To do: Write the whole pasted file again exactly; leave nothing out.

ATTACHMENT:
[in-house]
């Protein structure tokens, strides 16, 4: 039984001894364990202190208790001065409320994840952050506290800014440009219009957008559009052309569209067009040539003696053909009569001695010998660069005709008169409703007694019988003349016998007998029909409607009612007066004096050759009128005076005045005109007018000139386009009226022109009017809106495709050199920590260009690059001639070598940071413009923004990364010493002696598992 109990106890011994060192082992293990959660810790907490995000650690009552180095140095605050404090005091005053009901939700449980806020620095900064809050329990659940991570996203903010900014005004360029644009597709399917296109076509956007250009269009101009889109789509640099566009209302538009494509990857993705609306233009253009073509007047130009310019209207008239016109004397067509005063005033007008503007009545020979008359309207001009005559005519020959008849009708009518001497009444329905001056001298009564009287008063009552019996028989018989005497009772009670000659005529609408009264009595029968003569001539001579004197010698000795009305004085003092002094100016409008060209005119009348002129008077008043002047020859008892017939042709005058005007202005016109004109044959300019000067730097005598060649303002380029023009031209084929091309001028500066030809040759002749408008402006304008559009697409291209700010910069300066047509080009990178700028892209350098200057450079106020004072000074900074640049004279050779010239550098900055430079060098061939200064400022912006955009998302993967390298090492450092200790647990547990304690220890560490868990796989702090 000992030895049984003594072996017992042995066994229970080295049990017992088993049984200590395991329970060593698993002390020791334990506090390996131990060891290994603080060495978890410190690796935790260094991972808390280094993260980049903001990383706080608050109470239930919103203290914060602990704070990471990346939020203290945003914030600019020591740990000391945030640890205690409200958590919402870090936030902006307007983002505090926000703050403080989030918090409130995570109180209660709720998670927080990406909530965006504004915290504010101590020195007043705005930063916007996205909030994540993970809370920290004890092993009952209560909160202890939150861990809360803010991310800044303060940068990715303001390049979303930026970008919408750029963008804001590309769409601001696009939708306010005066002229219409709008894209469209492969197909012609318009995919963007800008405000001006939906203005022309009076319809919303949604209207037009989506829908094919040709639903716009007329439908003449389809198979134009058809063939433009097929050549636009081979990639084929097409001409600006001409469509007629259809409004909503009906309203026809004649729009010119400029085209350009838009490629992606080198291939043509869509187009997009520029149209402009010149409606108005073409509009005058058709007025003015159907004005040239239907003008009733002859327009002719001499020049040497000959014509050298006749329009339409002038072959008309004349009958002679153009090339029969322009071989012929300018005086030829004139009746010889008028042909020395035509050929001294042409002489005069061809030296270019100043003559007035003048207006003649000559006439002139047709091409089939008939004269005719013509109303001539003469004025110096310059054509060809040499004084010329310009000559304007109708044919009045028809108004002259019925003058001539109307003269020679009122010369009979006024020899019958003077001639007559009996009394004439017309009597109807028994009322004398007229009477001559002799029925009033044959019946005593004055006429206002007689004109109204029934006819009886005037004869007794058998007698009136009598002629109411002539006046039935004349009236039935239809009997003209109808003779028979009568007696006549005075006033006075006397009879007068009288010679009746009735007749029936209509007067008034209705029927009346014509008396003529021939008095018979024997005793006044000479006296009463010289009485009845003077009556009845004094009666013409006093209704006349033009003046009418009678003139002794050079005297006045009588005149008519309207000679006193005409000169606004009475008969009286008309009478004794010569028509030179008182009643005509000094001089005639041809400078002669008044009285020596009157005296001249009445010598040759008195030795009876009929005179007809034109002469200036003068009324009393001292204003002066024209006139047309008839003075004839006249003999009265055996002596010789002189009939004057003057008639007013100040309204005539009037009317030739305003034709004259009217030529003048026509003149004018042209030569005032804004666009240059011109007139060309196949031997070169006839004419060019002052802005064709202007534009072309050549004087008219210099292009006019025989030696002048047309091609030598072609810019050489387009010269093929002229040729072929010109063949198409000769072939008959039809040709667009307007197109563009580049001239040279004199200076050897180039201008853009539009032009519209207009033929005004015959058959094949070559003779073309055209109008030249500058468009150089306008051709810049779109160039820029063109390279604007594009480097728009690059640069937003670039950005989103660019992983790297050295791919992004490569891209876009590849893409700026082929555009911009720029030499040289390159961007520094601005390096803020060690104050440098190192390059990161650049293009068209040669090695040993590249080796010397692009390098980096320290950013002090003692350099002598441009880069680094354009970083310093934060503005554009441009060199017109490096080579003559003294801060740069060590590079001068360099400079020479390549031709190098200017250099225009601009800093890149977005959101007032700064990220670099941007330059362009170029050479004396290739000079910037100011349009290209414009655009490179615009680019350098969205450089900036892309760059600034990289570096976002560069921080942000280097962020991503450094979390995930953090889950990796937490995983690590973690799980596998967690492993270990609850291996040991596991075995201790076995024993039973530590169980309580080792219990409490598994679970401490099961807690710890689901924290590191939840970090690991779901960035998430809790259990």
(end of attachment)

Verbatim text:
[in-house]
């Protein structure tokens, strides 16, 4: 039984001894364990202190208790001065409320994840952050506290800014440009219009957008559009052309569209067009040539003696053909009569001695010998660069005709008169409703007694019988003349016998007998029909409607009612007066004096050759009128005076005045005109007018000139386009009226022109009017809106495709050199920590260009690059001639070598940071413009923004990364010493002696598992 109990106890011994060192082992293990959660810790907490995000650690009552180095140095605050404090005091005053009901939700449980806020620095900064809050329990659940991570996203903010900014005004360029644009597709399917296109076509956007250009269009101009889109789509640099566009209302538009494509990857993705609306233009253009073509007047130009310019209207008239016109004397067509005063005033007008503007009545020979008359309207001009005559005519020959008849009708009518001497009444329905001056001298009564009287008063009552019996028989018989005497009772009670000659005529609408009264009595029968003569001539001579004197010698000795009305004085003092002094100016409008060209005119009348002129008077008043002047020859008892017939042709005058005007202005016109004109044959300019000067730097005598060649303002380029023009031209084929091309001028500066030809040759002749408008402006304008559009697409291209700010910069300066047509080009990178700028892209350098200057450079106020004072000074900074640049004279050779010239550098900055430079060098061939200064400022912006955009998302993967390298090492450092200790647990547990304690220890560490868990796989702090 000992030895049984003594072996017992042995066994229970080295049990017992088993049984200590395991329970060593698993002390020791334990506090390996131990060891290994603080060495978890410190690796935790260094991972808390280094993260980049903001990383706080608050109470239930919103203290914060602990704070990471990346939020203290945003914030600019020591740990000391945030640890205690409200958590919402870090936030902006307007983002505090926000703050403080989030918090409130995570109180209660709720998670927080990406909530965006504004915290504010101590020195007043705005930063916007996205909030994540993970809370920290004890092993009952209560909160202890939150861990809360803010991310800044303060940068990715303001390049979303930026970008919408750029963008804001590309769409601001696009939708306010005066002229219409709008894209469209492969197909012609318009995919963007800008405000001006939906203005022309009076319809919303949604209207037009989506829908094919040709639903716009007329439908003449389809198979134009058809063939433009097929050549636009081979990639084929097409001409600006001409469509007629259809409004909503009906309203026809004649729009010119400029085209350009838009490629992606080198291939043509869509187009997009520029149209402009010149409606108005073409509009005058058709007025003015159907004005040239239907003008009733002859327009002719001499020049040497000959014509050298006749329009339409002038072959008309004349009958002679153009090339029969322009071989012929300018005086030829004139009746010889008028042909020395035509050929001294042409002489005069061809030296270019100043003559007035003048207006003649000559006439002139047709091409089939008939004269005719013509109303001539003469004025110096310059054509060809040499004084010329310009000559304007109708044919009045028809108004002259019925003058001539109307003269020679009122010369009979006024020899019958003077001639007559009996009394004439017309009597109807028994009322004398007229009477001559002799029925009033044959019946005593004055006429206002007689004109109204029934006819009886005037004869007794058998007698009136009598002629109411002539006046039935004349009236039935239809009997003209109808003779028979009568007696006549005075006033006075006397009879007068009288010679009746009735007749029936209509007067008034209705029927009346014509008396003529021939008095018979024997005793006044000479006296009463010289009485009845003077009556009845004094009666013409006093209704006349033009003046009418009678003139002794050079005297006045009588005149008519309207000679006193005409000169606004009475008969009286008309009478004794010569028509030179008182009643005509000094001089005639041809400078002669008044009285020596009157005296001249009445010598040759008195030795009876009929005179007809034109002469200036003068009324009393001292204003002066024209006139047309008839003075004839006249003999009265055996002596010789002189009939004057003057008639007013100040309204005539009037009317030739305003034709004259009217030529003048026509003149004018042209030569005032804004666009240059011109007139060309196949031997070169006839004419060019002052802005064709202007534009072309050549004087008219210099292009006019025989030696002048047309091609030598072609810019050489387009010269093929002229040729072929010109063949198409000769072939008959039809040709667009307007197109563009580049001239040279004199200076050897180039201008853009539009032009519209207009033929005004015959058959094949070559003779073309055209109008030249500058468009150089306008051709810049779109160039820029063109390279604007594009480097728009690059640069937003670039950005989103660019992983790297050295791919992004490569891209876009590849893409700026082929555009911009720029030499040289390159961007520094601005390096803020060690104050440098190192390059990161650049293009068209040669090695040993590249080796010397692009390098980096320290950013002090003692350099002598441009880069680094354009970083310093934060503005554009441009060199017109490096080579003559003294801060740069060590590079001068360099400079020479390549031709190098200017250099225009601009800093890149977005959101007032700064990220670099941007330059362009170029050479004396290739000079910037100011349009290209414009655009490179615009680019350098969205450089900036892309760059600034990289570096976002560069921080942000280097962020991503450094979390995930953090889950990796937490995983690590973690799980596998967690492993270990609850291996040991596991075995201790076995024993039973530590169980309580080792219990409490598994679970401490099961807690710890689901924290590191939840970090690991779901960035998430809790259990």